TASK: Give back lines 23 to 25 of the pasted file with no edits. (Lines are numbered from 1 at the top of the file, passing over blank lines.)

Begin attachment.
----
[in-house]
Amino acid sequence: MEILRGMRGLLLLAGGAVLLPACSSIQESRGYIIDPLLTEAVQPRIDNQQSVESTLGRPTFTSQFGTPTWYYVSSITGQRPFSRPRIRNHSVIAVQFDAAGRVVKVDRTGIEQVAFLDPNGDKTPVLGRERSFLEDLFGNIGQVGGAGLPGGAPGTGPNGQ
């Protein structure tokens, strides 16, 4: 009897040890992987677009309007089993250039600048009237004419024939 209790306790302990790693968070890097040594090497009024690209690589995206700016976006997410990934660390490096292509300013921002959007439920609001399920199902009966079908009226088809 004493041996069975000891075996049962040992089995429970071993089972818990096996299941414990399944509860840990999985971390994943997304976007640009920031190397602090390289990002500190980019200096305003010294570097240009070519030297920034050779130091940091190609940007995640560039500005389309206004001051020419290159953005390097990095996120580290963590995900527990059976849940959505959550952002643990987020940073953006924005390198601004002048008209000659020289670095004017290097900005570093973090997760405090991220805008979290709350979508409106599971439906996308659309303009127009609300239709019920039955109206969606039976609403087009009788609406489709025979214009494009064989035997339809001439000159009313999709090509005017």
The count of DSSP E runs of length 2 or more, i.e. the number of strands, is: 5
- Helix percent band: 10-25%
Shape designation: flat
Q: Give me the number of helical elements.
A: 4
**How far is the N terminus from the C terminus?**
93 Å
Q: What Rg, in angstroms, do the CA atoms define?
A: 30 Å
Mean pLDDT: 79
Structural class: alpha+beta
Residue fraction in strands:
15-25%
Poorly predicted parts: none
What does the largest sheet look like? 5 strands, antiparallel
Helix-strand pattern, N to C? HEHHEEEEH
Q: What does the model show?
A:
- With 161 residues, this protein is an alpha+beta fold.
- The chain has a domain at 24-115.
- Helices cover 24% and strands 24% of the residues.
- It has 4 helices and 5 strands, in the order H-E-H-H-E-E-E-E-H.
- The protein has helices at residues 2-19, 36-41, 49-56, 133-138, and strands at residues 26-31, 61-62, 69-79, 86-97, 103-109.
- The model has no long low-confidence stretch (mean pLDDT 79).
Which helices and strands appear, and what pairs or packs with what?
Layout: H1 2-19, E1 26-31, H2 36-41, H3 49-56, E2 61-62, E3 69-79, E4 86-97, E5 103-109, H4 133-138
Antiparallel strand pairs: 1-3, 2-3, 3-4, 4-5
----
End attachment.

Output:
- The chain has a domain at 24-115.
- Helices cover 24% and strands 24% of the residues.
- It has 4 helices and 5 strands, in the order H-E-H-H-E-E-E-E-H.